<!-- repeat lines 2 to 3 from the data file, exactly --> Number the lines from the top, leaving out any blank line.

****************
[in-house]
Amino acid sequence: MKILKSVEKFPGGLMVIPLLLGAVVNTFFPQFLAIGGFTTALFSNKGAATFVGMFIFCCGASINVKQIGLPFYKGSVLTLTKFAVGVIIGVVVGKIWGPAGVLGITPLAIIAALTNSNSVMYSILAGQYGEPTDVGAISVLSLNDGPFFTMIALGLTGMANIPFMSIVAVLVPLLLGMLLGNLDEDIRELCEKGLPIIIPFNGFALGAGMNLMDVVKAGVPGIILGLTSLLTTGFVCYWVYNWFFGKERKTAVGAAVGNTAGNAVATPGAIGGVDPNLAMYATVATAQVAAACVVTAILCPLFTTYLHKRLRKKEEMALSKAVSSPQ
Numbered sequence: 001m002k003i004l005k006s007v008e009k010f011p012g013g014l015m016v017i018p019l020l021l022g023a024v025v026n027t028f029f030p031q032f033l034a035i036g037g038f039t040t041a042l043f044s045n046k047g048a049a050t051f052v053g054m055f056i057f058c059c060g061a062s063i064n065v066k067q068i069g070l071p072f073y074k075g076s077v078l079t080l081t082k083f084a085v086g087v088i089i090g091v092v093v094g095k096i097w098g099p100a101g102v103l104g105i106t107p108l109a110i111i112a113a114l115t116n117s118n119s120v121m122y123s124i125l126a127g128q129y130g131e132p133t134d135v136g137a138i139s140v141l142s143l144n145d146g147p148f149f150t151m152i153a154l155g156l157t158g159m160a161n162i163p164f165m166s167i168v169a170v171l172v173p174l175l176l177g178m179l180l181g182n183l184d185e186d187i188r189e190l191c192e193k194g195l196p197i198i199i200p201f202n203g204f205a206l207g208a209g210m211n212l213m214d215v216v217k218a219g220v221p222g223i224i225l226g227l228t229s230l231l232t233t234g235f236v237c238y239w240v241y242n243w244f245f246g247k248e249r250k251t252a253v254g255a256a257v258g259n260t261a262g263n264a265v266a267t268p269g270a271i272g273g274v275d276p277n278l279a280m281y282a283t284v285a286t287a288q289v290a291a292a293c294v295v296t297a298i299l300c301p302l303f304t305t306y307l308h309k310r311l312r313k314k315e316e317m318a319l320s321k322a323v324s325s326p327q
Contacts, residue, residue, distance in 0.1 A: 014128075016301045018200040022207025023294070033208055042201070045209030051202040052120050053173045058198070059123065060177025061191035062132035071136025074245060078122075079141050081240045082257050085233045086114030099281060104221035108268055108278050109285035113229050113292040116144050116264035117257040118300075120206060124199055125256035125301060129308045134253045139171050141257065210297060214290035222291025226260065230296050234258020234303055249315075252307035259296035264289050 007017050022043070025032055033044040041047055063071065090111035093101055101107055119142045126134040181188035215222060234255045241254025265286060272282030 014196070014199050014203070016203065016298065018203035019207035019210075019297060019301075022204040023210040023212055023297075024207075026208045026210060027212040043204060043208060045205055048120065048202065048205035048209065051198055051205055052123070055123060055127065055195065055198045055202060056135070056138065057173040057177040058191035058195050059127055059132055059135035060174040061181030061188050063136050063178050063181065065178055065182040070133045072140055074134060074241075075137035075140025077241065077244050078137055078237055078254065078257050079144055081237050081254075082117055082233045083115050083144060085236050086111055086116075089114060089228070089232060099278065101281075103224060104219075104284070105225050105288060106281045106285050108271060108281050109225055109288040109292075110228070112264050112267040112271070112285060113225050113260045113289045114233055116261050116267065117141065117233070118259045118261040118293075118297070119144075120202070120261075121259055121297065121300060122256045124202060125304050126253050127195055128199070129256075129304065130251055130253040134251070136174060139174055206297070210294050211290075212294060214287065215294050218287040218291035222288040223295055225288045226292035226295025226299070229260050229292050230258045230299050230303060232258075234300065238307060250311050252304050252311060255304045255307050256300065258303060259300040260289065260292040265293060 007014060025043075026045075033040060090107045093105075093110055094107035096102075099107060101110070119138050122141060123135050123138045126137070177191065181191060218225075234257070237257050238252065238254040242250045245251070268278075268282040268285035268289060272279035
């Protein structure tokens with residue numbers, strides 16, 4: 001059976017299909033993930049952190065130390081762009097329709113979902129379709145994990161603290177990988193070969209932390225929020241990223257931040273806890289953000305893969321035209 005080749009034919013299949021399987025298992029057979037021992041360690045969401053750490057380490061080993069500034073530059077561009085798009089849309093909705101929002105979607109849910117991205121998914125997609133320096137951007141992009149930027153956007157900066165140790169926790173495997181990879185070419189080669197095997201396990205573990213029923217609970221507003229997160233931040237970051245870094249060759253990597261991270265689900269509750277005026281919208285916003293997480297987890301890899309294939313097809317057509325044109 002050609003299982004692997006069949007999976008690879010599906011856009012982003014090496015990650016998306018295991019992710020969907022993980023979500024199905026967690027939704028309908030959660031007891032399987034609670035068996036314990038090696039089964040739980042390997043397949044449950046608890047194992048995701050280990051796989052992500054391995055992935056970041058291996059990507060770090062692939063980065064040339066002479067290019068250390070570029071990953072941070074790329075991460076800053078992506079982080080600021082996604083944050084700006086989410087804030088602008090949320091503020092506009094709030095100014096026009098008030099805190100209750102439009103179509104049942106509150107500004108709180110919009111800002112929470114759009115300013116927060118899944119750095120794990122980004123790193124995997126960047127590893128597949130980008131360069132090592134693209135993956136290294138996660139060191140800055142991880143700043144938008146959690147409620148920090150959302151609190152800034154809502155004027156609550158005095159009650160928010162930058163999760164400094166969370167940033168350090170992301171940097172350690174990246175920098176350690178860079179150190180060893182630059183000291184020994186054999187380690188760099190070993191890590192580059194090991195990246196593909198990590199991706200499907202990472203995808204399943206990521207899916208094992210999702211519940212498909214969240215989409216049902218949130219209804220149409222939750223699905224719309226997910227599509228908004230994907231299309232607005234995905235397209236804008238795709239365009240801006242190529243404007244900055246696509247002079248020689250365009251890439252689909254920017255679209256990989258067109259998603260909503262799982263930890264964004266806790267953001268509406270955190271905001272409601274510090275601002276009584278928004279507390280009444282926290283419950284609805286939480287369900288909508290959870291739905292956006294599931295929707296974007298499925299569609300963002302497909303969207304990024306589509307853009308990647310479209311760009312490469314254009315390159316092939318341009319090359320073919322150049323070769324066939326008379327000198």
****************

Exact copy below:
Amino acid sequence: MKILKSVEKFPGGLMVIPLLLGAVVNTFFPQFLAIGGFTTALFSNKGAATFVGMFIFCCGASINVKQIGLPFYKGSVLTLTKFAVGVIIGVVVGKIWGPAGVLGITPLAIIAALTNSNSVMYSILAGQYGEPTDVGAISVLSLNDGPFFTMIALGLTGMANIPFMSIVAVLVPLLLGMLLGNLDEDIRELCEKGLPIIIPFNGFALGAGMNLMDVVKAGVPGIILGLTSLLTTGFVCYWVYNWFFGKERKTAVGAAVGNTAGNAVATPGAIGGVDPNLAMYATVATAQVAAACVVTAILCPLFTTYLHKRLRKKEEMALSKAVSSPQ
Numbered sequence: 001m002k003i004l005k006s007v008e009k010f011p012g013g014l015m016v017i018p019l020l021l022g023a024v025v026n027t028f029f030p031q032f033l034a035i036g037g038f039t040t041a042l043f044s045n046k047g048a049a050t051f052v053g054m055f056i057f058c059c060g061a062s063i064n065v066k067q068i069g070l071p072f073y074k075g076s077v078l079t080l081t082k083f084a085v086g087v088i089i090g091v092v093v094g095k096i097w098g099p100a101g102v103l104g105i106t107p108l109a110i111i112a113a114l115t116n117s118n119s120v121m122y123s124i125l126a127g128q129y130g131e132p133t134d135v136g137a138i139s140v141l142s143l144n145d146g147p148f149f150t151m152i153a154l155g156l157t158g159m160a161n162i163p164f165m166s167i168v169a170v171l172v173p174l175l176l177g178m179l180l181g182n183l184d185e186d187i188r189e190l191c192e193k194g195l196p197i198i199i200p201f202n203g204f205a206l207g208a209g210m211n212l213m214d215v216v217k218a219g220v221p222g223i224i225l226g227l228t229s230l231l232t233t234g235f236v237c238y239w240v241y242n243w244f245f246g247k248e249r250k251t252a253v254g255a256a257v258g259n260t261a262g263n264a265v266a267t268p269g270a271i272g273g274v275d276p277n278l279a280m281y282a283t284v285a286t287a288q289v290a291a292a293c294v295v296t297a298i299l300c301p302l303f304t305t306y307l308h309k310r311l312r313k314k315e316e317m318a319l320s321k322a323v324s325s326p327q